What does that mean? It means more expenses. Costs can quickly grow as your company realizes the need for more data storage space.

    To help avoid this, you do need to implement fine controls over queries, so unnecessary data isn’t saved but your necessary data is stored exactly where you need it.

    6. Trouble with data governance

    Another thing to watch out for is trouble with data governance. As your big data applications grow, it can become harder to manage governance issues.

    You need to use built-in governance rules from the start of any new data process, so you don’t accidentally hinder the kind of data access you were looking for.

    7. Expensive maintenance

    Maintenance is also an expense that you have to keep in mind with big data. Any system maintaining your data has to be kept in working order. You need to be sure that the infrastructure is sound and that the technologies aren’t outdated.

    If you find that the technology is outdated, you may want to update to faster, cheaper methods of storing, analyzing, and processing your data.

    If costs are high, looking into a cloud-based platform may be a better solution, since they tend to offer pay-as-you-go options. Or, if you find that your system has too much to offer for what you want to do with it, it may be time to downgrade to something simpler to save money.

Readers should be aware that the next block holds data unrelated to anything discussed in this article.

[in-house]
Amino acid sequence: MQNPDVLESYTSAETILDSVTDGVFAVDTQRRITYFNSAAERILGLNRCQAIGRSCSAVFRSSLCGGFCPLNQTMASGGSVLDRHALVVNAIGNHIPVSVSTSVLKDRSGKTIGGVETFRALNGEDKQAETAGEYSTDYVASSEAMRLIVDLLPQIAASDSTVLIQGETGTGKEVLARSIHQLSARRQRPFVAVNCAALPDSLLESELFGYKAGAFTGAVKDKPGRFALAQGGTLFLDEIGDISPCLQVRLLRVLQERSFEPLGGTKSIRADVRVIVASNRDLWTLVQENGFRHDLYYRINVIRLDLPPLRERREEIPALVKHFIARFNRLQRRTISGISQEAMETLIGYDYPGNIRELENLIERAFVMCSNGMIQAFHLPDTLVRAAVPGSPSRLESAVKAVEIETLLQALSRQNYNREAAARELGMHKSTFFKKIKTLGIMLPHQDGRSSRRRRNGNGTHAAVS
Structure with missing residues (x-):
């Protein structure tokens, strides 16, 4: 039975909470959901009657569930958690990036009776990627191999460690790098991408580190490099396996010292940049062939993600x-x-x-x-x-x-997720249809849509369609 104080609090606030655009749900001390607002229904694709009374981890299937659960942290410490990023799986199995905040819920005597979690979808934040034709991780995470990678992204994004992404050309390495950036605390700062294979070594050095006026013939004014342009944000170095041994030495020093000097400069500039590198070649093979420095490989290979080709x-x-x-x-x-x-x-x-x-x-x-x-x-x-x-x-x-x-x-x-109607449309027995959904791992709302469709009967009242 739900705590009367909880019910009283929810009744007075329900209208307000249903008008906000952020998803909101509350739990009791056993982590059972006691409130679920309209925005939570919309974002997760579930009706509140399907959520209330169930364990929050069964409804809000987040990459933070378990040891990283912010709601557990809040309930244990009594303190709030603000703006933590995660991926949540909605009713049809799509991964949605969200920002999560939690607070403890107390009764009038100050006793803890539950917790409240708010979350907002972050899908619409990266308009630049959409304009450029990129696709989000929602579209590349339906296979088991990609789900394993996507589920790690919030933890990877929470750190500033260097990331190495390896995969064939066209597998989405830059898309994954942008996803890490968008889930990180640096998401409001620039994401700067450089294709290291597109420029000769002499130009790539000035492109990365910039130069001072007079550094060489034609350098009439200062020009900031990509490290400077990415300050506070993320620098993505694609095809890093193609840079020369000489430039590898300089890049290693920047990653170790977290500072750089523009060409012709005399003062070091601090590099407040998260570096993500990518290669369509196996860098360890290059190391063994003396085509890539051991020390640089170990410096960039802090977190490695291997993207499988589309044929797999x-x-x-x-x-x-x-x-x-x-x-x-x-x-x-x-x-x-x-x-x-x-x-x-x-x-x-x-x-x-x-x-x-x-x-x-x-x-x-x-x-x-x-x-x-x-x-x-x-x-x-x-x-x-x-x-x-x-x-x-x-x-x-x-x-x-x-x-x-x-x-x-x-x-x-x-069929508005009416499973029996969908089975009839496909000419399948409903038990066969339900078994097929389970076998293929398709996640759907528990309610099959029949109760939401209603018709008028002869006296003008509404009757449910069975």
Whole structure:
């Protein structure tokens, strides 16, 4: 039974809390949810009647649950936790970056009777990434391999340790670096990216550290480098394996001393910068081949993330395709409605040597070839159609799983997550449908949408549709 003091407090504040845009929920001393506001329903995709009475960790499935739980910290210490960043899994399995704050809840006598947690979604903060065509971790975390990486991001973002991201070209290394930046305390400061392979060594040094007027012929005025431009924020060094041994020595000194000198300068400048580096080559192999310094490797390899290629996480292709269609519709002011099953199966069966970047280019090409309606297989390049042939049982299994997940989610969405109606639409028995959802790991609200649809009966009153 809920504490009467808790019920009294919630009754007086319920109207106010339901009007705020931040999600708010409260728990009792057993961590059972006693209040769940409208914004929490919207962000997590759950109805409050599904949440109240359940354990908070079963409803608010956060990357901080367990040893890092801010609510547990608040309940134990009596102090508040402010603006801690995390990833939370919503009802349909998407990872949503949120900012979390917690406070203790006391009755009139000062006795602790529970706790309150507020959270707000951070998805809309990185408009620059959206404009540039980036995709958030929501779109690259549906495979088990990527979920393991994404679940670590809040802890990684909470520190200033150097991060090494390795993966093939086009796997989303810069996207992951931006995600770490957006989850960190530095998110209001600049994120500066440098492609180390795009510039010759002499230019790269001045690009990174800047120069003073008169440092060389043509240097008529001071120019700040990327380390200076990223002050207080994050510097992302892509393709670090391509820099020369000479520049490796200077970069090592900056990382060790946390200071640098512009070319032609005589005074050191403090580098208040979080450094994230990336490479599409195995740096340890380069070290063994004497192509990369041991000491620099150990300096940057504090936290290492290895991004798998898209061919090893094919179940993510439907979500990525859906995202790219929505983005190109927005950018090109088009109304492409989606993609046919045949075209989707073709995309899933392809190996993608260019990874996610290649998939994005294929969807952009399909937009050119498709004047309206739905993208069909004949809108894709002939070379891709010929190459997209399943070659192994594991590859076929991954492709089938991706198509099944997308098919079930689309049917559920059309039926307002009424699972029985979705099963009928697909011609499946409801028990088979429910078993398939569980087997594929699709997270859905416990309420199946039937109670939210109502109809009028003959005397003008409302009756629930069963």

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    8. Inaccuracies when analyzing data

    Another problem some people run into is receiving inaccurate analyses from their data. There are normally two reasons for this:

    1. Poor quality source data
    2. System defects

    If there are errors or defects, you can expect that there will be poor results. Make sure to test your platform and verify each part of the development to identify problems and ensure your data is handled correctly.

    9. You’re struggling with silos

    Another problem you may run into is trouble with silos. Data silos slow everyone down, because they limit access to your data.

    Storing your data on separate databases is the most common cause of data silos, so consider upgrading to a cloud-based platform with a centralized storage area for your data.

    10. Unprotected, unsecured data

    Finally, remember that your data is important and needs to be secured. If the platform you’ve decided to use doesn’t have good security, your system will be open to viruses, malware, and external infiltration.

    Wrap Up for Big Data Challenges

    There are many big data challenges that you can run into as you build your data strategy. It’s necessary for you to think about the way you collect, store, manage, use, and delete data, so you can keep that data up to date while also being sure it is still available to those who need it.

    Would you like to learn more about how you can use your data to come up with new content ideas? Read “How To Use Data Analysis to Generate New Content Ideas” to continue growing your company and improving your brand.


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    Catrina Cowart Rock author vector
    Rock Content Writer